This opinion will be unpublished and
may not be cited except as provided by
Minn. Stat. § 480A.08, subd. 3 (2006).
STATE OF MINNESOTA
IN COURT OF APPEALS
Rodney W. Steele,
American National Property and Casualty Company,
Filed October 14, 2008
Koochiching County District Court
File No. C7-06-545
Steven A. Nelson, 210 Fourth Avenue, International Falls, MN 56649 (for appellant)
John M. Colosimo, Adam J. Licari, Colosimo, Patchin, Kearney, Lindell & Brunfelt, Ltd., 301 Chestnut Street, Virginia, MN 55792 (for respondent)
Considered and decided by Minge, Presiding Judge; Johnson, Judge; and Schellhas, Judge.
Appellant challenges the denial of his motion for summary judgment and the entry of summary judgment in favor of respondent insurance company on appellant’s claim for underinsured-motorist benefits. Because we conclude that allowing appellant passenger to collect underinsured-motorist benefits under the negligent driver’s insurance policy would convert the first-party coverage in that policy into third-party liability coverage in violation of the terms of the policy, we affirm.
In November 2000, appellant Rodney W. Steele was a passenger in a truck owned and operated by his son, Shaun Steele. Appellant was injured when the truck was involved in a single-vehicle accident, and he filed a personal-injury action against Shaun Steele. The truck was insured through a policy with respondent American National Property and Casualty Company (ANPAC), which provided liability coverage and uninsured- and underinsured-motorist coverages. ANPAC, as Shaun Steele’s insurer, initially appeared to defend Shaun Steele in the personal-injury action. But ANPAC subsequently filed a separate declaratory-judgment action against Shaun Steele and appellant, seeking to be relieved of its obligation to defend or indemnify Shaun Steele due to his failure to cooperate in the defense. Shaun Steele did not answer ANPAC’s complaint, and the district court ultimately entered a default judgment against Shaun Steele, relieving ANPAC of its duty to defend or indemnify him.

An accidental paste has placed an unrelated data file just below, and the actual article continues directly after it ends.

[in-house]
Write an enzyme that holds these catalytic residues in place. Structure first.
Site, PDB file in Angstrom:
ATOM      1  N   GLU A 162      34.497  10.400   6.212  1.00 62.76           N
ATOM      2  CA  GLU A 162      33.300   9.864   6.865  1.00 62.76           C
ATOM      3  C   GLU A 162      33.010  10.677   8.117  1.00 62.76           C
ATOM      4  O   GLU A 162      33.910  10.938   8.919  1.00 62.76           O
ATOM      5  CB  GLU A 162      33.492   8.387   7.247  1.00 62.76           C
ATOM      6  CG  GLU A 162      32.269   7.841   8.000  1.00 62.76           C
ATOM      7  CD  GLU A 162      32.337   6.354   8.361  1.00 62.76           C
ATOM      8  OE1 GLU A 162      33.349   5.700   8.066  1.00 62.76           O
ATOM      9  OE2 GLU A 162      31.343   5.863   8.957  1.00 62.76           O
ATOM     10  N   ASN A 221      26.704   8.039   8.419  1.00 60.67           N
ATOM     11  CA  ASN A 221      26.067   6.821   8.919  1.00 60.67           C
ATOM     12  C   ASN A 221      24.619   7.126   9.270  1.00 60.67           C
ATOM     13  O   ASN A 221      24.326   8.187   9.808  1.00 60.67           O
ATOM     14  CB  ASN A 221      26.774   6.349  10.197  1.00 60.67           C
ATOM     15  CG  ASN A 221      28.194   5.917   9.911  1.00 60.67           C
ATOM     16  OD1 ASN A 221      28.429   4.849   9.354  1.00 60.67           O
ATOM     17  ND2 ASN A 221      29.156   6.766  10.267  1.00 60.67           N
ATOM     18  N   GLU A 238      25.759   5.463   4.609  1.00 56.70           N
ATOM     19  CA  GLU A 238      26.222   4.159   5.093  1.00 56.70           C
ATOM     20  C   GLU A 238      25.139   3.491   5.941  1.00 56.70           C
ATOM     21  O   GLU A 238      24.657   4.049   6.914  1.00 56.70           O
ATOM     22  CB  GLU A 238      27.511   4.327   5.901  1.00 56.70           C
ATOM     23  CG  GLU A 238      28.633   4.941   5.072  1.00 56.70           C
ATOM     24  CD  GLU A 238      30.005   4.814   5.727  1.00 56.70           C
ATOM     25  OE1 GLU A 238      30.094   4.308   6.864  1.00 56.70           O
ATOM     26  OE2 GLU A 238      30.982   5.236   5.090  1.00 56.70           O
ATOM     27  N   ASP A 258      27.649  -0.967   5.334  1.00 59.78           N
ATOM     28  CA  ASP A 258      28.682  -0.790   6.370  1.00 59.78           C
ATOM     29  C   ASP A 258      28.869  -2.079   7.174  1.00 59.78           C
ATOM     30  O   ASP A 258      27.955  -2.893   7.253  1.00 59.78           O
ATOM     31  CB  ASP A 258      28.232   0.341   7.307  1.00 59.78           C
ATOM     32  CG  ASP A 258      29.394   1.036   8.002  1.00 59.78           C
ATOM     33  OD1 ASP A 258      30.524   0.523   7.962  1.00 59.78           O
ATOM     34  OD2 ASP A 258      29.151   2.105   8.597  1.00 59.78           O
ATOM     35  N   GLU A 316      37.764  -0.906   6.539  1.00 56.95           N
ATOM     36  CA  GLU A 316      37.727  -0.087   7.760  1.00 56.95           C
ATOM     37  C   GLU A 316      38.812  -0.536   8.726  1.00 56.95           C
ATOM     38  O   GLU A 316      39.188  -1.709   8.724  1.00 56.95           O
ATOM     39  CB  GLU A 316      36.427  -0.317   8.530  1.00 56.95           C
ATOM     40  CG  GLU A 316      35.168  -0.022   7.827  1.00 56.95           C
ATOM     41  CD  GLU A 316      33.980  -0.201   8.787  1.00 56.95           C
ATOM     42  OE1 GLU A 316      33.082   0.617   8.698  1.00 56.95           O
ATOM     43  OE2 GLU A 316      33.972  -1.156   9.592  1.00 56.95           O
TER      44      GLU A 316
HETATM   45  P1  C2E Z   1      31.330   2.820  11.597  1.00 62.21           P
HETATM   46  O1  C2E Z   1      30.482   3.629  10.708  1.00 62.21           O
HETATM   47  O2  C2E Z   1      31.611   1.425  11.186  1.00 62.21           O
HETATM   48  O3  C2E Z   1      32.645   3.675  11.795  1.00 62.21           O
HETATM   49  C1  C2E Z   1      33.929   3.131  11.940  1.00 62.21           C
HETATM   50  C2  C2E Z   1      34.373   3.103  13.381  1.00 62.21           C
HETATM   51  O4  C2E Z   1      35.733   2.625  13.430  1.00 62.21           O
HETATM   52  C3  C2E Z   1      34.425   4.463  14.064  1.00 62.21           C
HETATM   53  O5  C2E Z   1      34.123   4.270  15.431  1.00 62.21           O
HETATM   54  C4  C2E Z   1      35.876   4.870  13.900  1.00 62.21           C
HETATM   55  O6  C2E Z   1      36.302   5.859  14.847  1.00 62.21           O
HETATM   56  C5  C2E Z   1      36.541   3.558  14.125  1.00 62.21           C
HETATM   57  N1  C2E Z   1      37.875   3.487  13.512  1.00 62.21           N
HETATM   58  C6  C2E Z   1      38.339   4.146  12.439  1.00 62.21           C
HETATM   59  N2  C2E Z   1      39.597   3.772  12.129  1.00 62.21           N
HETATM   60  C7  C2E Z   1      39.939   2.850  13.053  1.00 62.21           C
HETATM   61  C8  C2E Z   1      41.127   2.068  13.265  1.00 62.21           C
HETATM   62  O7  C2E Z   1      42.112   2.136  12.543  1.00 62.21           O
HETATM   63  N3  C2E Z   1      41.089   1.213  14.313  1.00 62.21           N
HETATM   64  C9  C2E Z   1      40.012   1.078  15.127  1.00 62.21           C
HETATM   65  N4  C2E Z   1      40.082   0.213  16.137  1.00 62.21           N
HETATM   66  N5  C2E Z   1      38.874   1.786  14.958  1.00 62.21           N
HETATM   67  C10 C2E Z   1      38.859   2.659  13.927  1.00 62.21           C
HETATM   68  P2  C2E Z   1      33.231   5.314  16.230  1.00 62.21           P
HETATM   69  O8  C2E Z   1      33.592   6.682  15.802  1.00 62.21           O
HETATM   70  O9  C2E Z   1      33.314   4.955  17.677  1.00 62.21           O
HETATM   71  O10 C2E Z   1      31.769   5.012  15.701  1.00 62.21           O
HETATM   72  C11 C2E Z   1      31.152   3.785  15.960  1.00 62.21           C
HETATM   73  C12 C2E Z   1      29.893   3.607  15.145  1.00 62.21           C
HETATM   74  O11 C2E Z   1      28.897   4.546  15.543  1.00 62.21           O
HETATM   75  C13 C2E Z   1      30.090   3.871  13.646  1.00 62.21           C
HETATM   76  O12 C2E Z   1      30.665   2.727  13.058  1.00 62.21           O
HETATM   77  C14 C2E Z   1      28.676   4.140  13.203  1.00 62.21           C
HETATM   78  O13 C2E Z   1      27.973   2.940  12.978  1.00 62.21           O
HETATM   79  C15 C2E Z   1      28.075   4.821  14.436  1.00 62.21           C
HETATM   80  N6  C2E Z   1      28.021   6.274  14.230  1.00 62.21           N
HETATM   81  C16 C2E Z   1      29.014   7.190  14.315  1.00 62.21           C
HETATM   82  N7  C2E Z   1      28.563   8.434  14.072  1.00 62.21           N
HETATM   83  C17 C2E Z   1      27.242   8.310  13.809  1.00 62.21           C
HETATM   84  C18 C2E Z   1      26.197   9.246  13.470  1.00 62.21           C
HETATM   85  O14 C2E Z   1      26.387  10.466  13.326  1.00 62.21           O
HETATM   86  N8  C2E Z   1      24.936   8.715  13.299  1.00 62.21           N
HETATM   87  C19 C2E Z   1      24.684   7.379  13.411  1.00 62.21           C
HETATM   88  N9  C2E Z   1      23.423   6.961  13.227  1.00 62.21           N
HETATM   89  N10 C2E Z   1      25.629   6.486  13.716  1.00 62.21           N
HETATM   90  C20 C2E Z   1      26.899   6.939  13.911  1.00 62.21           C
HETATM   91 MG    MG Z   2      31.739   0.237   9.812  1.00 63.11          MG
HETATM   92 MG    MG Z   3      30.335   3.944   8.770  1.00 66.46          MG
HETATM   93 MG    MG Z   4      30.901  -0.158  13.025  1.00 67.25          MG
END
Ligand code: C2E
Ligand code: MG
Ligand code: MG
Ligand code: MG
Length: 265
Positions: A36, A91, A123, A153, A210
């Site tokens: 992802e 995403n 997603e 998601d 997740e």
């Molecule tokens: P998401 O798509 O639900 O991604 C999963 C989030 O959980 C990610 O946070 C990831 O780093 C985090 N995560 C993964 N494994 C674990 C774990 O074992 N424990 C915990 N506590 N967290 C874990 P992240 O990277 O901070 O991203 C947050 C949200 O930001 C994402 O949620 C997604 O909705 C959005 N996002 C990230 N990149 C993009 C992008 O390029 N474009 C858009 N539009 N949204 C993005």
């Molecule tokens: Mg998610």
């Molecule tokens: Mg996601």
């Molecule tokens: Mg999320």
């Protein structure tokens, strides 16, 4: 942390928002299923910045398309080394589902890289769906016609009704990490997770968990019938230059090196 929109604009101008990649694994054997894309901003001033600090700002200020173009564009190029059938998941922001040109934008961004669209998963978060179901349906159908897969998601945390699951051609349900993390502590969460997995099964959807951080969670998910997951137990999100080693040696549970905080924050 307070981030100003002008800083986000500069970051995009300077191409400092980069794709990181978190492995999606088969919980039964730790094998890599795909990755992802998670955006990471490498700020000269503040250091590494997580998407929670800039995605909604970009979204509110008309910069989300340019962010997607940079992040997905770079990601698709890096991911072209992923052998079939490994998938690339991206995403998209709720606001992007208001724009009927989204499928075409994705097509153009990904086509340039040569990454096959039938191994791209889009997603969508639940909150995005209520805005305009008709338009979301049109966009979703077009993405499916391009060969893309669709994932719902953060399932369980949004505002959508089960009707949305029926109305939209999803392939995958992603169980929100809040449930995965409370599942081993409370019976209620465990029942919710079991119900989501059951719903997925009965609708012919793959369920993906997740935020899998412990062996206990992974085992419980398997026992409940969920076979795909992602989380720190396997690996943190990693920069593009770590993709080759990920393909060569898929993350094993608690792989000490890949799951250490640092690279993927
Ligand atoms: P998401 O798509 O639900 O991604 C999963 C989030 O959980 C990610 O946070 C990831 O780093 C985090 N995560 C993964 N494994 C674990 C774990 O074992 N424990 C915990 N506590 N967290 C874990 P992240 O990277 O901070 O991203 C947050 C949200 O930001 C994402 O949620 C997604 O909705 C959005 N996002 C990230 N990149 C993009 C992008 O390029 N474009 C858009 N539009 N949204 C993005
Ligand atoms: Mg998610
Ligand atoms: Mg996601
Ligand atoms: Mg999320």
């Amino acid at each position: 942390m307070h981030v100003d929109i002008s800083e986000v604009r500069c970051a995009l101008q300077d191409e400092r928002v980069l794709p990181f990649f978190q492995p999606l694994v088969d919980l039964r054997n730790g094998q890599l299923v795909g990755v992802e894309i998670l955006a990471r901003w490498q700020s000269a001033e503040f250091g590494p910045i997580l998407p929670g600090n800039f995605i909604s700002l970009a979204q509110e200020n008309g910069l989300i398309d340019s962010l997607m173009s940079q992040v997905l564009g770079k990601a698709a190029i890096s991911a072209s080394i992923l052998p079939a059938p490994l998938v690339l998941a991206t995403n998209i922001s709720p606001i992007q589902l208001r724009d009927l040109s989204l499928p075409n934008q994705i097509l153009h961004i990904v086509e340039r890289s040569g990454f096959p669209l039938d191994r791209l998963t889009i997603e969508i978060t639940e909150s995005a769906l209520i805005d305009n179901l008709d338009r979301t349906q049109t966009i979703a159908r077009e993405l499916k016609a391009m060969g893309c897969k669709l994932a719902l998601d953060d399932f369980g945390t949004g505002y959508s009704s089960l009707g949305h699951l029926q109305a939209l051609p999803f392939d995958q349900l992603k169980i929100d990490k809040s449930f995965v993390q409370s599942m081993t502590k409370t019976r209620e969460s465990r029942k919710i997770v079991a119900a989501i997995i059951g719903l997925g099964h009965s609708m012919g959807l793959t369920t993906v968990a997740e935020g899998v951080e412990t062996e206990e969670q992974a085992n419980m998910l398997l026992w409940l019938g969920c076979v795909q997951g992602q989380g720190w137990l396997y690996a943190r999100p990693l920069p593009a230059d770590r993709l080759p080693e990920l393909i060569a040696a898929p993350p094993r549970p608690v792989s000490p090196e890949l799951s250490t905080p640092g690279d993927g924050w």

Subsequently, appellant’s personal-injury action went to trial, where appellant’s injuries were found to have been caused by Shaun Steele’s negligent operation of the truck, and appellant was awarded $120,000 in damages. Unable to collect any damages from Shaun Steele personally, or, for reasons described above, under Shaun’s liability policy, appellant brought a claim against his own automobile insurer, Travelers Insurance Company, seeking to recover under either his uninsured-motorist or underinsured-motorist coverage. In that action, the district court concluded that the declaratory judgment releasing ANPAC from its duty to defend or indemnify Shaun Steele for his liability “squarely places [appellant]’s claim [against Travelers] within the uninsured motorist policy provision” and awarded appellant the policy limit of $50,000 in uninsured-motorist coverage.